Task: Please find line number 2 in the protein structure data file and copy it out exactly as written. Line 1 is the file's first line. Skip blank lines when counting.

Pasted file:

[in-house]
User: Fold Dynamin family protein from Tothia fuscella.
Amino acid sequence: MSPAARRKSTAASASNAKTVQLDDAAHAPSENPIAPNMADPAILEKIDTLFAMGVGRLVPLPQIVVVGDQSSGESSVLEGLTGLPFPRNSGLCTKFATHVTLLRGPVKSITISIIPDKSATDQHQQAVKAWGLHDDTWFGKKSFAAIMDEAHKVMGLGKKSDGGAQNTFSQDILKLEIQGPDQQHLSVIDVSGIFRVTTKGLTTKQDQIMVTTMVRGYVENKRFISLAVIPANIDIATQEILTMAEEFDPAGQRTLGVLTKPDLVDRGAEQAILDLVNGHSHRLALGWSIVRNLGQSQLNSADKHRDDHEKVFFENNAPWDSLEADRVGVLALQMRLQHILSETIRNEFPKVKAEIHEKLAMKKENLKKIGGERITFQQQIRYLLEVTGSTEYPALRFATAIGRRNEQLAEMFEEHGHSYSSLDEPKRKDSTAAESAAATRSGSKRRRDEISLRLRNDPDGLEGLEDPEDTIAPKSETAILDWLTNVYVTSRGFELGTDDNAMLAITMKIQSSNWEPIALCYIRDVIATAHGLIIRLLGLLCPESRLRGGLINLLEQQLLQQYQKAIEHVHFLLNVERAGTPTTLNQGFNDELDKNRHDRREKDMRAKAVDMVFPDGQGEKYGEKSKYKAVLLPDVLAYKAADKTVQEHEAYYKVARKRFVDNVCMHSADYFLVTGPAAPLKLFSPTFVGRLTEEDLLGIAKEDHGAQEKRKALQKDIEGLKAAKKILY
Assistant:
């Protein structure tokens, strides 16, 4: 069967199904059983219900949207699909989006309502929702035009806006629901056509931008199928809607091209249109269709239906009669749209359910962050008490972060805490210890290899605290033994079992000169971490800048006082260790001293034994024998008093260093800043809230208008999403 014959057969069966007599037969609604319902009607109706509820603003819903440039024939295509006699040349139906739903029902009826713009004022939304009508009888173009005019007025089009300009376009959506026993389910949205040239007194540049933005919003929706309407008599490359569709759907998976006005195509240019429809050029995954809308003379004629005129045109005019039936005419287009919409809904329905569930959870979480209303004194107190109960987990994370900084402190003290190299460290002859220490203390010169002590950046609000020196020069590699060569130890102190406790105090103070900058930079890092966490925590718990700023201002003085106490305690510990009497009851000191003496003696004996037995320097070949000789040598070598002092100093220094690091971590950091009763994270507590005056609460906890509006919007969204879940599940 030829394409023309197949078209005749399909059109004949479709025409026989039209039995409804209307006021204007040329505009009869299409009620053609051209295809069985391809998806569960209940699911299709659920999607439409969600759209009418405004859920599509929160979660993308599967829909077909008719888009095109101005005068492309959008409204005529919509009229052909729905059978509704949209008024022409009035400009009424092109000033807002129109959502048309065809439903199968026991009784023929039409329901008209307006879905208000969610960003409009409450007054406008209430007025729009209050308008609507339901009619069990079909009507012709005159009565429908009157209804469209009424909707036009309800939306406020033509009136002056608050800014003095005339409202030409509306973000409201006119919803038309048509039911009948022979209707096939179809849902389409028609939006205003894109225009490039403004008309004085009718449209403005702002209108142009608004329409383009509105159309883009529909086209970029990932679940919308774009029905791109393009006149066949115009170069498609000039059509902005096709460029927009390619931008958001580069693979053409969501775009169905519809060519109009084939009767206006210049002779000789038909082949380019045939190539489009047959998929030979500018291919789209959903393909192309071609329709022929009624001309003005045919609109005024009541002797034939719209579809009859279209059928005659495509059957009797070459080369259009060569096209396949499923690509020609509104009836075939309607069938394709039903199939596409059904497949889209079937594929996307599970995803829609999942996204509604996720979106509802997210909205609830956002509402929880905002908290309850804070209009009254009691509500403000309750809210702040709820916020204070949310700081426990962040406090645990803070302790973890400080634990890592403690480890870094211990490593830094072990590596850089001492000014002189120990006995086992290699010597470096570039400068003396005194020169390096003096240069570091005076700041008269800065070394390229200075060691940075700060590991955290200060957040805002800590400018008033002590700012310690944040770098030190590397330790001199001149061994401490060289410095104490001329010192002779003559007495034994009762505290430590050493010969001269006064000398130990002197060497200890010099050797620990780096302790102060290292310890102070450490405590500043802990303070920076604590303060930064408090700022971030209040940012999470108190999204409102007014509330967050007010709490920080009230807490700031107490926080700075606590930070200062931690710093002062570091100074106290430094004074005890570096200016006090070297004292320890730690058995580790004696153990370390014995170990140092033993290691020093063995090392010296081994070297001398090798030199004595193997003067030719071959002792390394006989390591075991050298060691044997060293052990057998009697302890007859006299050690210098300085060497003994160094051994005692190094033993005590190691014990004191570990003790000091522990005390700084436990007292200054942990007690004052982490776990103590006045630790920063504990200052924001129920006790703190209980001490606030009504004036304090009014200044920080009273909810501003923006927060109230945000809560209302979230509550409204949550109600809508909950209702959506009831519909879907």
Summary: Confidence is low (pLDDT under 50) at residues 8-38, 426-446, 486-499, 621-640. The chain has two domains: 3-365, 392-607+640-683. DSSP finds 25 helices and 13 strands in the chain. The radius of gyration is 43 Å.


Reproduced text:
User: Fold Dynamin family protein from Tothia fuscella.